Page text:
There are walks of life where one is required to argue.

N1605P70001CLawyers, politicians and teachers are frequently in positions where they must argue persuasively for one position or another. That is part and parcel of their job, and arguing serves the valuable service of allowing the truth to stand out in contrast to error or ignorance. In many areas of life, however, arguing serves no useful purpose and just creates needless strife and division. When people are making casual conversation it is easy to find things to disagree with, but such disagreements rarely foster peace and harmony. It is tedious to be around someone who is always correcting us. With family, friends, and co-workers it is usually better to find areas of mutual agreement rather than disagreement. And even when there is disagreement, sometimes the way to resolve the issue is to start with what you agree on and see if you can move on from there. When we must argue, it can usually be done calmly and with civility. Sometimes we find ourselves drifting into argument without realizing how this even happened. Someone may have said something that we feel must be challenged. As the discussion turns from mild difference of opinion to angry disagreement, our tempers flare and we often say things we will regret. By being less argumentative you will probably find that you get along with others much better.                          – Christopher Simon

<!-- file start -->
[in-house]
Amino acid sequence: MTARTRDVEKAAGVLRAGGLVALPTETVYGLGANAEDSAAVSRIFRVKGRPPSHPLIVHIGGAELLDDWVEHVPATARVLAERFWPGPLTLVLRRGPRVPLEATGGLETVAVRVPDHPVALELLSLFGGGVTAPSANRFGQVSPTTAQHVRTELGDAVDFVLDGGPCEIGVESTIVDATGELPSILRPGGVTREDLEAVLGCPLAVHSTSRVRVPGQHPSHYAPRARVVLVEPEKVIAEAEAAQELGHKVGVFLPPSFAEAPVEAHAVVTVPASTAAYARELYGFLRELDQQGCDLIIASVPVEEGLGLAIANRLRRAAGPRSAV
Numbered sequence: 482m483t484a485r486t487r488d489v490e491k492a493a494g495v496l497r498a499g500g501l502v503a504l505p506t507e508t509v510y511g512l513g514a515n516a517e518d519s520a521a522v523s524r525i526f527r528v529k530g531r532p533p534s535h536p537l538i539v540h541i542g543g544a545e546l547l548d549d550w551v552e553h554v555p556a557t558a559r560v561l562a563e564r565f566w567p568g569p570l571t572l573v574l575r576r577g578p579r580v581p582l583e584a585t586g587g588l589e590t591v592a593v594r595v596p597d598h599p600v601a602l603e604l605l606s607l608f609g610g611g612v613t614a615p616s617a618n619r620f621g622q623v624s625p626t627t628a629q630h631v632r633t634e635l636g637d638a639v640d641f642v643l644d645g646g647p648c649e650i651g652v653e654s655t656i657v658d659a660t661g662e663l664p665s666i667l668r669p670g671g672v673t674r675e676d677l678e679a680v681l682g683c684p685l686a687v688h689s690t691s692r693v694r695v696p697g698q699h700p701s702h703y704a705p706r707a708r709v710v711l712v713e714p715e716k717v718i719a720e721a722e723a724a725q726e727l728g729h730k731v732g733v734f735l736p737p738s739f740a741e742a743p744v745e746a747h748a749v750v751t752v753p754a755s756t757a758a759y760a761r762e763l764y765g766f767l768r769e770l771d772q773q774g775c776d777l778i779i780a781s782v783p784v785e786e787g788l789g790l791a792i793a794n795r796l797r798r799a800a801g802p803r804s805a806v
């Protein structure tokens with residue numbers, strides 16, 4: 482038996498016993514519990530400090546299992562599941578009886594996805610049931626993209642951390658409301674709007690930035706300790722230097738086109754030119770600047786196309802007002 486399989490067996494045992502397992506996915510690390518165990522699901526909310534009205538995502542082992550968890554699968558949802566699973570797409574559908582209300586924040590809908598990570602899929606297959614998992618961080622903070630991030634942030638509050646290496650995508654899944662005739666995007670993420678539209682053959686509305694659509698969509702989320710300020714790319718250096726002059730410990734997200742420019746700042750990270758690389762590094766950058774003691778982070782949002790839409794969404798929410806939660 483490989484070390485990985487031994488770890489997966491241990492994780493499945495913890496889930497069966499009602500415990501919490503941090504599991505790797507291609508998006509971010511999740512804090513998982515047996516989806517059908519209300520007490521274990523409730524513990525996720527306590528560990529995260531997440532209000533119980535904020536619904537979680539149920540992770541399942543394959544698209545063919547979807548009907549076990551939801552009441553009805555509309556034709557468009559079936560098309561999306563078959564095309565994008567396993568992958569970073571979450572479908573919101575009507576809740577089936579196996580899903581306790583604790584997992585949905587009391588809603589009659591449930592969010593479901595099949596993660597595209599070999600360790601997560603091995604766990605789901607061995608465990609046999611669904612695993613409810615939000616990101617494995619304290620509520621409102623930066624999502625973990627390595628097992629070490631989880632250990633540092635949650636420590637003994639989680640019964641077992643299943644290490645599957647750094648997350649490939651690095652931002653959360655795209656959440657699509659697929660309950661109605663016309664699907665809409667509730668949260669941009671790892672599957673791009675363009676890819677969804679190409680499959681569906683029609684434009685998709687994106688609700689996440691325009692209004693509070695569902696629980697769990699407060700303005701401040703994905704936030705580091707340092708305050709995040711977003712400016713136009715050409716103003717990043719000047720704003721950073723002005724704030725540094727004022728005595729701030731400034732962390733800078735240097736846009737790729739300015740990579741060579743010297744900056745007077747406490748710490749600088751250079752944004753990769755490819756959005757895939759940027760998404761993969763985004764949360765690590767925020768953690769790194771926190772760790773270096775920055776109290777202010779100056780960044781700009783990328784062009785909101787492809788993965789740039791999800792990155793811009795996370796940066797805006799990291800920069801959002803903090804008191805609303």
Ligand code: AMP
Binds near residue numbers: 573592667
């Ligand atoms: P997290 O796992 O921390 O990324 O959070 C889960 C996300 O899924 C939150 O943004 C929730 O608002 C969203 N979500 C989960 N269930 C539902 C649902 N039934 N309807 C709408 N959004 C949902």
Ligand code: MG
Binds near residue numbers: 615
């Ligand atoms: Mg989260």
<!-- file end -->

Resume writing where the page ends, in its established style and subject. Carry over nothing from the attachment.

“It is to one’s honor to avoid strife, but every fool is quick to quarrel.”

—Proverbs 20:3 NIV

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